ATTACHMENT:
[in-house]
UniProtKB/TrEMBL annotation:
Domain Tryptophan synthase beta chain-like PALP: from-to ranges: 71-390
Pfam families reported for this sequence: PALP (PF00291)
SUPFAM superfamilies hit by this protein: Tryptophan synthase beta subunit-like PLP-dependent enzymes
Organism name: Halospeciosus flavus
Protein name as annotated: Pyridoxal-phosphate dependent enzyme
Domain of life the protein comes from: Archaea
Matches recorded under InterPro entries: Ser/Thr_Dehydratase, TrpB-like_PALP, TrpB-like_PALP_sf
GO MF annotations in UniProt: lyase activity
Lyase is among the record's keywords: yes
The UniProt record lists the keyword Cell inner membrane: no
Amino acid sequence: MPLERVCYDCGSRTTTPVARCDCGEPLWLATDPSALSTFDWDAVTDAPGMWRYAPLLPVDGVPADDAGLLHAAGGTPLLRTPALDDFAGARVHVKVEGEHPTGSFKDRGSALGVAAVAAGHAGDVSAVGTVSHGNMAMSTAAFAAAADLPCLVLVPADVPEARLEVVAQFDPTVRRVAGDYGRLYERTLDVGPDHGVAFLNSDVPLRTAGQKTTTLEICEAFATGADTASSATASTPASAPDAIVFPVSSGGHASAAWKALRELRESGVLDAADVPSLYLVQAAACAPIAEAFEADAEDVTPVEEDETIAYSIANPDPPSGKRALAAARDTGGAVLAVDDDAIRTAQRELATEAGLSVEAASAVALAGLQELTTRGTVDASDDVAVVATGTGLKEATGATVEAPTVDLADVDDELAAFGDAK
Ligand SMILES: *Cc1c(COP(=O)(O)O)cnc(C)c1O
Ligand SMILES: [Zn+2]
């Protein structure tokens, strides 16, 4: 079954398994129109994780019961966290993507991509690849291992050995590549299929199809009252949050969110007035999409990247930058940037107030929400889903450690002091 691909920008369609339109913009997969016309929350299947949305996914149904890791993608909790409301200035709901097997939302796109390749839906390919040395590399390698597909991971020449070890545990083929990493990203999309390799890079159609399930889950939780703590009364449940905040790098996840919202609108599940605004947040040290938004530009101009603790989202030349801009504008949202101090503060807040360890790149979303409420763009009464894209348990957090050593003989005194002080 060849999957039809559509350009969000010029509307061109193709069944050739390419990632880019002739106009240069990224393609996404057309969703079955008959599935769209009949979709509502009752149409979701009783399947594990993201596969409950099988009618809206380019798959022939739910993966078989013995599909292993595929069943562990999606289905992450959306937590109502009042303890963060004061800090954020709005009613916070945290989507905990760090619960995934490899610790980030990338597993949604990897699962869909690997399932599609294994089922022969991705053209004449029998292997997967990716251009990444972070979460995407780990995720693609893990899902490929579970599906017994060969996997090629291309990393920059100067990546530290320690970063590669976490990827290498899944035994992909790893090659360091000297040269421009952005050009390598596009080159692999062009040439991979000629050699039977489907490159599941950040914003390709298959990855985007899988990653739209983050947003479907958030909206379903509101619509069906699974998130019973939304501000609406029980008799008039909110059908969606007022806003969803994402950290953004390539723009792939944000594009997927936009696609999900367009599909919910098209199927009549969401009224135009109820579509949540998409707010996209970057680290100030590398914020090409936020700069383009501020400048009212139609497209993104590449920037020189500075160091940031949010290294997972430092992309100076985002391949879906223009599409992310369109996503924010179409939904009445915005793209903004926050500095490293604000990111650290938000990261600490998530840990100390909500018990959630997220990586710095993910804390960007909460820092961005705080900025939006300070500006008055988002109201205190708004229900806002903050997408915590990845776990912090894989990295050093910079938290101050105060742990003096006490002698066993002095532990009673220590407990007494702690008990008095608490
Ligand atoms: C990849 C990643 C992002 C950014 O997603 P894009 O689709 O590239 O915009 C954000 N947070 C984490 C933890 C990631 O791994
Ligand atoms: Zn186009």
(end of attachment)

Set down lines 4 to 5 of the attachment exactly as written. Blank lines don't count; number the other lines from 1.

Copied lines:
Pfam families reported for this sequence: PALP (PF00291)
SUPFAM superfamilies hit by this protein: Tryptophan synthase beta subunit-like PLP-dependent enzymes